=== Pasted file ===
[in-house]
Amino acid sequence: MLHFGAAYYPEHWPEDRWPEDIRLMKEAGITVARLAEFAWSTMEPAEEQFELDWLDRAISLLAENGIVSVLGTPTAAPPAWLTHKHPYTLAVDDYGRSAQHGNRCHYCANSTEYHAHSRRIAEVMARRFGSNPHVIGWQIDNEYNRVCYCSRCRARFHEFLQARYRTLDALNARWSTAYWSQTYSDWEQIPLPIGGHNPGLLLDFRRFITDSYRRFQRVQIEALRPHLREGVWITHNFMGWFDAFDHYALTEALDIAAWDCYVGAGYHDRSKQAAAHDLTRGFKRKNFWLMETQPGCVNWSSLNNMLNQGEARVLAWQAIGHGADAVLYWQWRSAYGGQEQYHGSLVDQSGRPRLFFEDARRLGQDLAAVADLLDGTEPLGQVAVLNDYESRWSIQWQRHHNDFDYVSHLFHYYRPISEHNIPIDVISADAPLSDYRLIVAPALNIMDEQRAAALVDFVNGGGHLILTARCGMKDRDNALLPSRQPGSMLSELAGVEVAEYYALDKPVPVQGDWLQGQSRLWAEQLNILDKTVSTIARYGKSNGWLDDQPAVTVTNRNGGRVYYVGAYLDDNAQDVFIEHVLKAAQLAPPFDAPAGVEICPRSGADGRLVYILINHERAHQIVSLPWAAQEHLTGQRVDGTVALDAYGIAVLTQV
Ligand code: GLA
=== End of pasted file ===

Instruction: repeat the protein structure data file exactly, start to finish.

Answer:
[in-house]
Amino acid sequence: MLHFGAAYYPEHWPEDRWPEDIRLMKEAGITVARLAEFAWSTMEPAEEQFELDWLDRAISLLAENGIVSVLGTPTAAPPAWLTHKHPYTLAVDDYGRSAQHGNRCHYCANSTEYHAHSRRIAEVMARRFGSNPHVIGWQIDNEYNRVCYCSRCRARFHEFLQARYRTLDALNARWSTAYWSQTYSDWEQIPLPIGGHNPGLLLDFRRFITDSYRRFQRVQIEALRPHLREGVWITHNFMGWFDAFDHYALTEALDIAAWDCYVGAGYHDRSKQAAAHDLTRGFKRKNFWLMETQPGCVNWSSLNNMLNQGEARVLAWQAIGHGADAVLYWQWRSAYGGQEQYHGSLVDQSGRPRLFFEDARRLGQDLAAVADLLDGTEPLGQVAVLNDYESRWSIQWQRHHNDFDYVSHLFHYYRPISEHNIPIDVISADAPLSDYRLIVAPALNIMDEQRAAALVDFVNGGGHLILTARCGMKDRDNALLPSRQPGSMLSELAGVEVAEYYALDKPVPVQGDWLQGQSRLWAEQLNILDKTVSTIARYGKSNGWLDDQPAVTVTNRNGGRVYYVGAYLDDNAQDVFIEHVLKAAQLAPPFDAPAGVEICPRSGADGRLVYILINHERAHQIVSLPWAAQEHLTGQRVDGTVALDAYGIAVLTQV
Ligand code: GLA